APE: Author, Publisher, Entrepreneur—How to Publish a Book, by Guy Kawasaki and Shawn Welch: Book Review

written by Albie Heigers on December 10, 2012 in Social Media Essentials for Business Owners with no comments

Guy Kawasaki (author of What the Plus!Enchantment, and nine other books) teamed up with Shawn Welch (author of From Idea to AppiOS 5 Core Frameworks, and iOS 6 for Developers as well as the developer of several iOS apps) to write this highly readable, useful and up to date book on self-publishing. Guy asked his followers about self-publishing, and got eight different answers from five different people. He learned first-hand that self-publishing is a complex, confusing, and idiosyncratic process, and co-wrote APE to help people take control of their writing careers by publishing their books.

 

Guy explains the thesis of APE as follows: “A successful self-publisher must fill three roles: Author, Publisher, and Entrepreneur. We call this “artisanal publishing.” Artisanal publishing features writers who love their craft and who control every aspect of the process from beginning to end. In this new approach, writers are no longer at the mercy of large, traditional publishers, and readers will have more books to read …  Steve Jobs taught me that little details separate the mediocre from the excellent there’s no reason why you can’t make your book look like it’s professionally published.”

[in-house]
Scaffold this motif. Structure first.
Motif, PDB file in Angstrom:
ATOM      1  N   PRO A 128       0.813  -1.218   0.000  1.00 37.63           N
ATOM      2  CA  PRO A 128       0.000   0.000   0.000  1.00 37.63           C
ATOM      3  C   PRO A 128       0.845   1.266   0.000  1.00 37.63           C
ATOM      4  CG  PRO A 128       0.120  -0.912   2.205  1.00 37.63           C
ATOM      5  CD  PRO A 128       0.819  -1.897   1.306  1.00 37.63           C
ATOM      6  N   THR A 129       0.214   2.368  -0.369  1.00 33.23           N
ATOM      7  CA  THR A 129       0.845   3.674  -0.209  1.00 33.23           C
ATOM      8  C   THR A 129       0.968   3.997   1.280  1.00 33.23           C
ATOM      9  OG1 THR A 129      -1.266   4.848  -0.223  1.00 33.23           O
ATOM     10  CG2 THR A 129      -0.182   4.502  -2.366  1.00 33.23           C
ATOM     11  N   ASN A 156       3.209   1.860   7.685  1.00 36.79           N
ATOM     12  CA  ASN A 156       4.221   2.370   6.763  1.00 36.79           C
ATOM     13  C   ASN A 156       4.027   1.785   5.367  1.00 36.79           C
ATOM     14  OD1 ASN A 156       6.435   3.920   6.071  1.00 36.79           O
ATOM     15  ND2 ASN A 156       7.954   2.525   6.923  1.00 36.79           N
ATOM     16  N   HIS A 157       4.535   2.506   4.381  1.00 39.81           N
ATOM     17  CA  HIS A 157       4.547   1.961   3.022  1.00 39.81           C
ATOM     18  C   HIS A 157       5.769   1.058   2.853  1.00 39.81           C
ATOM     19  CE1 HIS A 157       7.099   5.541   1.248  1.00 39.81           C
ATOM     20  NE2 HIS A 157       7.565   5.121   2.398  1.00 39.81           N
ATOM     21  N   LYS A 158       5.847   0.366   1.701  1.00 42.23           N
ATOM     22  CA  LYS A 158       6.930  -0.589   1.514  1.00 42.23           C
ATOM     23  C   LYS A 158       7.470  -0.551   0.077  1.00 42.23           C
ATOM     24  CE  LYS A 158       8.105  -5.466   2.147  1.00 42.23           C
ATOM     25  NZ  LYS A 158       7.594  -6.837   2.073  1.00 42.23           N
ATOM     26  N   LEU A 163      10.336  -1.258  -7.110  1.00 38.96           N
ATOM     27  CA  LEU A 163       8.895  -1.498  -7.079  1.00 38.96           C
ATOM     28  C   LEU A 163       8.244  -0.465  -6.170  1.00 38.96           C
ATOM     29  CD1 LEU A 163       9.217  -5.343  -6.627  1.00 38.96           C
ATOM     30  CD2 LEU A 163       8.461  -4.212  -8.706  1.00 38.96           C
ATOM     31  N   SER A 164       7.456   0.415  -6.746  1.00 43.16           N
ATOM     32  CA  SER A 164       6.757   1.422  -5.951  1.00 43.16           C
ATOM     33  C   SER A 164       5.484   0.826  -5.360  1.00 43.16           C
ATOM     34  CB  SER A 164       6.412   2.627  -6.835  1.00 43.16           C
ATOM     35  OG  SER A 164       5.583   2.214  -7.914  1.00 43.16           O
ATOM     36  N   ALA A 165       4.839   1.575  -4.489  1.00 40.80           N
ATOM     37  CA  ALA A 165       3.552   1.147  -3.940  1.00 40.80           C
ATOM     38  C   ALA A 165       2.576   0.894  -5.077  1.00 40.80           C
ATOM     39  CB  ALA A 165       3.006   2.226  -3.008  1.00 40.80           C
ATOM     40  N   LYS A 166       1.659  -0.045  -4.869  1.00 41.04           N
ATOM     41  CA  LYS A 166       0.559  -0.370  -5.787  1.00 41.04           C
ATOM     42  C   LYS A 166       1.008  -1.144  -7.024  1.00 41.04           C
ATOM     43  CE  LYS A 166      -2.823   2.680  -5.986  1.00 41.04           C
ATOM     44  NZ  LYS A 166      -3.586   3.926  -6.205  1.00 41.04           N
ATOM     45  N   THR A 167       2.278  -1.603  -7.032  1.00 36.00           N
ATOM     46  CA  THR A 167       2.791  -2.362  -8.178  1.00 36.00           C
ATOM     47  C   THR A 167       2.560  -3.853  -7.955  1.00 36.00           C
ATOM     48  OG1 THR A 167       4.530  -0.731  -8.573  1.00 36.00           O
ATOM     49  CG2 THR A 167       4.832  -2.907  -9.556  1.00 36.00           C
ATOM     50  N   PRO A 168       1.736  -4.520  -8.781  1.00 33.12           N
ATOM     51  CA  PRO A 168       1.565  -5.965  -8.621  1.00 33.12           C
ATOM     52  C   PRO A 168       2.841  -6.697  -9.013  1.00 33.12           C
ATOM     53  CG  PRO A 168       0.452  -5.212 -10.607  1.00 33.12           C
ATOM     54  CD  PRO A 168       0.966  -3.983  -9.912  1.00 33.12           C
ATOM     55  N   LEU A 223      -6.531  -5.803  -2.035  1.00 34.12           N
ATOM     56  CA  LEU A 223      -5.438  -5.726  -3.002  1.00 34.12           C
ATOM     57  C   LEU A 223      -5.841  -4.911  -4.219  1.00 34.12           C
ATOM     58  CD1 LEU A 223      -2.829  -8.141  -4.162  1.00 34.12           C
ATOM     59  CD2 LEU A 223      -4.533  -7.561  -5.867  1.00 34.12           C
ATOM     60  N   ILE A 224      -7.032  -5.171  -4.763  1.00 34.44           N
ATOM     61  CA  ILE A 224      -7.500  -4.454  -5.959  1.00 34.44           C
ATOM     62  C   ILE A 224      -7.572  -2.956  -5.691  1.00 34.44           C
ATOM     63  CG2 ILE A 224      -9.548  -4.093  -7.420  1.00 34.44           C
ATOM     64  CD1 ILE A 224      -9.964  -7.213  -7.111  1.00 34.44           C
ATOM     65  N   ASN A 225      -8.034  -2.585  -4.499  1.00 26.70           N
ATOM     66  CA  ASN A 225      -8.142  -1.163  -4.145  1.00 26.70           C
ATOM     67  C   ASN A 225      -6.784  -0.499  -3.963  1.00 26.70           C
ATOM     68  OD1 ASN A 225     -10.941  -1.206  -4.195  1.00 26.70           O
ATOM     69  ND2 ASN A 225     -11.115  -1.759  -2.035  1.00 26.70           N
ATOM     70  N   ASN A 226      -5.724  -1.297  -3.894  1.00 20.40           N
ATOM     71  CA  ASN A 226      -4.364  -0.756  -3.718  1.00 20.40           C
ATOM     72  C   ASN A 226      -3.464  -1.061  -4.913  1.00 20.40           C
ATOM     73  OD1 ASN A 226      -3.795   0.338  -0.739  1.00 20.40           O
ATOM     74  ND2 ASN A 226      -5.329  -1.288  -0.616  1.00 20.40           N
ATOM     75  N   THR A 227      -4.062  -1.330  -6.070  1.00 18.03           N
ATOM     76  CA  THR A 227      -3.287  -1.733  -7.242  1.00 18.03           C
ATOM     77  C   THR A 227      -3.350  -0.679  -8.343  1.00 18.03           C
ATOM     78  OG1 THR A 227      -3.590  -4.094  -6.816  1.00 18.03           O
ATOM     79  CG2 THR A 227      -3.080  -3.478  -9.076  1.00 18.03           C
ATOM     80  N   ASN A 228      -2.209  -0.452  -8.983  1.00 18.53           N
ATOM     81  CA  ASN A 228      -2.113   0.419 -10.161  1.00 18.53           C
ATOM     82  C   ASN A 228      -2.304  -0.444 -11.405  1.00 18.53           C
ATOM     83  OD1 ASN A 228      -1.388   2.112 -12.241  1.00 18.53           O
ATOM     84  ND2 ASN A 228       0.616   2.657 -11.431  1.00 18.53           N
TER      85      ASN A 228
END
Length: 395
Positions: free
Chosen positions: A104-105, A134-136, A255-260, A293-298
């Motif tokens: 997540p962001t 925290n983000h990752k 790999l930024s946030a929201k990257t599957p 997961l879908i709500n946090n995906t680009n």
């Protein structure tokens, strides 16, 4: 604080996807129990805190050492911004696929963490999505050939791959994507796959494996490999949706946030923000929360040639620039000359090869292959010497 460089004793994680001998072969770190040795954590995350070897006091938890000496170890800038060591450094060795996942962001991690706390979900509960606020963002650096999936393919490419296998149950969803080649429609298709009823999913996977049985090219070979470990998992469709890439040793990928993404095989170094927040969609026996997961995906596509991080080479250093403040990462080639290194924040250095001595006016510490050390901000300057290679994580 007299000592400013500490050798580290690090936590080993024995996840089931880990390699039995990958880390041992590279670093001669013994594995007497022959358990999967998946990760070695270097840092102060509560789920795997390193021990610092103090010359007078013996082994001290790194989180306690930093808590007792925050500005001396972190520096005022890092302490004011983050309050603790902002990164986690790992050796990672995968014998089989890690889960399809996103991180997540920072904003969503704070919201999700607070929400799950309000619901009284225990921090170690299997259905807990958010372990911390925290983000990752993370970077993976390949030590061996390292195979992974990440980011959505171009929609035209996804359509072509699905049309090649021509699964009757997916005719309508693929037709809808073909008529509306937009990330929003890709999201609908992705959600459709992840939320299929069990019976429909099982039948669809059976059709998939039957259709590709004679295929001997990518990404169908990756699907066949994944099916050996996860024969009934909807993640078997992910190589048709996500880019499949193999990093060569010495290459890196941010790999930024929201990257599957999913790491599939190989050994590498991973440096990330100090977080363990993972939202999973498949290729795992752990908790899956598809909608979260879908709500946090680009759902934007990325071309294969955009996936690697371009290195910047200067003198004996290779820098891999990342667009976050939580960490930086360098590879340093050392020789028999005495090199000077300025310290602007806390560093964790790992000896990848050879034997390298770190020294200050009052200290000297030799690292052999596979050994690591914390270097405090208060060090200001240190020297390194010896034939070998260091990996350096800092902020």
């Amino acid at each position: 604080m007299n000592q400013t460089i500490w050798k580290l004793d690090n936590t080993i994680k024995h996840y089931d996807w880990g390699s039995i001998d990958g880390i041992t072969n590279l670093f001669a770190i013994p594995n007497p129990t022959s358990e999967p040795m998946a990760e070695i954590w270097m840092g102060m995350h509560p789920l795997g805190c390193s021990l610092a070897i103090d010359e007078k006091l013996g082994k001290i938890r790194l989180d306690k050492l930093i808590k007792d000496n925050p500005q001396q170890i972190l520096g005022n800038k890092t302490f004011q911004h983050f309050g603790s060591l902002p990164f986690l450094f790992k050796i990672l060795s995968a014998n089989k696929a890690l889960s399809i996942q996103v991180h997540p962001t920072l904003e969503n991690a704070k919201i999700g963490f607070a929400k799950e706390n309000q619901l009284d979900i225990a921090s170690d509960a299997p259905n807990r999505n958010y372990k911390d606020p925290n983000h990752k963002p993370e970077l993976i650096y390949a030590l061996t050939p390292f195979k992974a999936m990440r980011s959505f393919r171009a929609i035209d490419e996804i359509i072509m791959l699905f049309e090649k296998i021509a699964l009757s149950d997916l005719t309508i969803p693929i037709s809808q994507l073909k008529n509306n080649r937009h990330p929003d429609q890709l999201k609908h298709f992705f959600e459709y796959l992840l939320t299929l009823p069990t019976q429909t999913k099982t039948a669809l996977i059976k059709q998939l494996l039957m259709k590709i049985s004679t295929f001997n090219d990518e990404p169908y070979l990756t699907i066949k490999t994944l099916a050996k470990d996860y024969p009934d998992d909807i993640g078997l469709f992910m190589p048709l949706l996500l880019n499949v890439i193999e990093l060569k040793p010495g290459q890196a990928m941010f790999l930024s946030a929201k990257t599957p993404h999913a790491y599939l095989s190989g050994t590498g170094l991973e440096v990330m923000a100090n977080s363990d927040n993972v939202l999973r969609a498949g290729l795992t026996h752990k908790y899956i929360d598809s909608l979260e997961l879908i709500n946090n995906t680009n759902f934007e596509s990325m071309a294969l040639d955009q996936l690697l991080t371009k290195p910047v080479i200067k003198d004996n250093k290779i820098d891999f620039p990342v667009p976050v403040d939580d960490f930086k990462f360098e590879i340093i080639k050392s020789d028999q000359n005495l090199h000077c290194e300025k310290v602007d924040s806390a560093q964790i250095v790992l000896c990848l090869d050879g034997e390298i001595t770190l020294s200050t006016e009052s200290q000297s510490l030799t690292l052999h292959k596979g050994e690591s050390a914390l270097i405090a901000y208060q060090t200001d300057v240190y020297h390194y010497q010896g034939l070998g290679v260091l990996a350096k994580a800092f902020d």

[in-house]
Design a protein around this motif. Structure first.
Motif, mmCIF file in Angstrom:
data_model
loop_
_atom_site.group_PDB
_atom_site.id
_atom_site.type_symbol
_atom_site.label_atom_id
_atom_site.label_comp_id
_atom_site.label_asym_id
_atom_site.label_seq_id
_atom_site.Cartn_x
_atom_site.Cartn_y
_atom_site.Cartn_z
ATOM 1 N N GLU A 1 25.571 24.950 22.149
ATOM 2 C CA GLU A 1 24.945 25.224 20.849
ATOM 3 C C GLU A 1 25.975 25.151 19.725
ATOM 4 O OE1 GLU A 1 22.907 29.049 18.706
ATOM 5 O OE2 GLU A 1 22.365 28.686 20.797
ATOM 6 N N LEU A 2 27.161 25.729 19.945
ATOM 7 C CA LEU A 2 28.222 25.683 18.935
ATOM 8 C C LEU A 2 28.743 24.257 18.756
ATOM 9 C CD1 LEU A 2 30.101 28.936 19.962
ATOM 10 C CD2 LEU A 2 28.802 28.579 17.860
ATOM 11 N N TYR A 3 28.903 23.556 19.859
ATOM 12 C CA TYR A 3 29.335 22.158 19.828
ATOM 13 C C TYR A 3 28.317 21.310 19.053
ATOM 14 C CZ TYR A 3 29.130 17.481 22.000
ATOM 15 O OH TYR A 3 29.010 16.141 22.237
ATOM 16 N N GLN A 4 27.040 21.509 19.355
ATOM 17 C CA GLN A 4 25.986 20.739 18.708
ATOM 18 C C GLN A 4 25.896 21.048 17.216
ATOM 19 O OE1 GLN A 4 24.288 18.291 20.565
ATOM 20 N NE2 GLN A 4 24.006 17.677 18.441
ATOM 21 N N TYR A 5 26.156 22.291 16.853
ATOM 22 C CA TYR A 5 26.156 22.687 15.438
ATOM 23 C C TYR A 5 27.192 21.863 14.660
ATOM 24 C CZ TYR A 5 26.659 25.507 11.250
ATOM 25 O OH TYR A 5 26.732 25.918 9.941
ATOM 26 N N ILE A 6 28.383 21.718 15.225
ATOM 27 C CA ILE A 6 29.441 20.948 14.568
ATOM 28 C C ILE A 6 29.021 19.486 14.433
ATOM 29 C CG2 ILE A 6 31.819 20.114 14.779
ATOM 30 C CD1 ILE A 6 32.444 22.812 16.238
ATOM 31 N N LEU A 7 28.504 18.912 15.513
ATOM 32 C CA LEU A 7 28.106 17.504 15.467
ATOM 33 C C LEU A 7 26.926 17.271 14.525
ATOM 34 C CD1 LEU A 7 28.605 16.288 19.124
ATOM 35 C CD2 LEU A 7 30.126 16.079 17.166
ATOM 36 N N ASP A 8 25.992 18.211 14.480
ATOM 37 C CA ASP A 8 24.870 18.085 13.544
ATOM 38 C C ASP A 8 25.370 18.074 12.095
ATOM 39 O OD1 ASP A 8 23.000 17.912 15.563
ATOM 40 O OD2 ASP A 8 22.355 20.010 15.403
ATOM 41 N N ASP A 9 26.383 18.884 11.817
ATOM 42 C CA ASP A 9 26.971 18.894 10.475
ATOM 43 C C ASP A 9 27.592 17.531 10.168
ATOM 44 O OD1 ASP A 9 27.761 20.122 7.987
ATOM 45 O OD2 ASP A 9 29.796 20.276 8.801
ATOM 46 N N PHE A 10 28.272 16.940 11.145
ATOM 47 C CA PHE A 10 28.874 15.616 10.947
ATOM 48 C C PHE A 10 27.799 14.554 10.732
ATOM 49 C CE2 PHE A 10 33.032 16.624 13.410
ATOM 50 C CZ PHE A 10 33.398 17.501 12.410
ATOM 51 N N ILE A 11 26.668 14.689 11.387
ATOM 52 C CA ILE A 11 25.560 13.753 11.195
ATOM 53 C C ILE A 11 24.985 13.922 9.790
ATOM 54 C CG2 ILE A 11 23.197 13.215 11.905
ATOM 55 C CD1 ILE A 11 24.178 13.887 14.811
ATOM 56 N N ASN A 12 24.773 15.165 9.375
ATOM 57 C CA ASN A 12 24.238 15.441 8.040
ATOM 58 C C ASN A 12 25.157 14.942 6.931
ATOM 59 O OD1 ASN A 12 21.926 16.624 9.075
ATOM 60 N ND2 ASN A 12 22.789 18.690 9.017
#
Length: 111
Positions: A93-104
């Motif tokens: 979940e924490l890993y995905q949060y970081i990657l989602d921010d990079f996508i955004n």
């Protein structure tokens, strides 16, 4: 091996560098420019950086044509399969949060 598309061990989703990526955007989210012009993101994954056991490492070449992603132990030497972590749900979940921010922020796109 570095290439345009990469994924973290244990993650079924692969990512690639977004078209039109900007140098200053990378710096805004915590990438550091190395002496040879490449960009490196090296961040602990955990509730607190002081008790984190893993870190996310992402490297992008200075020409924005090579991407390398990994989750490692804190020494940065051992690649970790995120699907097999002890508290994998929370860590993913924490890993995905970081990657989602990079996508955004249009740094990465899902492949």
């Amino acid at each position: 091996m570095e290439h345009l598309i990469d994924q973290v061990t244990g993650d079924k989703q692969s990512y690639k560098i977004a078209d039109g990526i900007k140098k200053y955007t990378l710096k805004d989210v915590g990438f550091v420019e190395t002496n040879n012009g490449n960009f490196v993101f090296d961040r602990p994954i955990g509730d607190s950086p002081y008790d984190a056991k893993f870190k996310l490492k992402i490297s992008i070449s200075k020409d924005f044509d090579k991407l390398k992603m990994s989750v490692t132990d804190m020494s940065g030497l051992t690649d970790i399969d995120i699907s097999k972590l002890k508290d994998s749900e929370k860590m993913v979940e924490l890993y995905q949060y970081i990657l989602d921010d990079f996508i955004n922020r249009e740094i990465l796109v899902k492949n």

The writers take a potentially complex (or at least boring) subject and explain it in a get-up-you-can-do-it way that inspires you to want to do so.

 

In the AUTHOR section they remind the reader of certain basics of writing, but also provide a very insightful overview of traditional publishing that removes any pity one may have with an industry known to resist change. They show how self-publishing was inevitable, but also has its challenges. (The book presents balanced views throughout, and never promises a problem-free alternative).

 

As PUBLISHER an author may very well get lost in a maze of possibilities – and their challenges – but the authors take your hand and guide you through; with enough narrative drive to keep you reading through topics such as editing, book covers, selling your book through Amazon, Apple, Barnes & Noble, Google and Kobo. You won’t get lost about selling directly to readers, using author-service companies, or even using print-on-demand companies. You will even get through pricing and creating audio or foreign language versions! Any less competent writers would have lost me after the first section.

 

The writer as ENTREPRENEUR gets introduced to guerrilla-marketing, building a personal brand, and then perhaps one of the simplest and most useful introductions of getting into and using social media that I have read to date.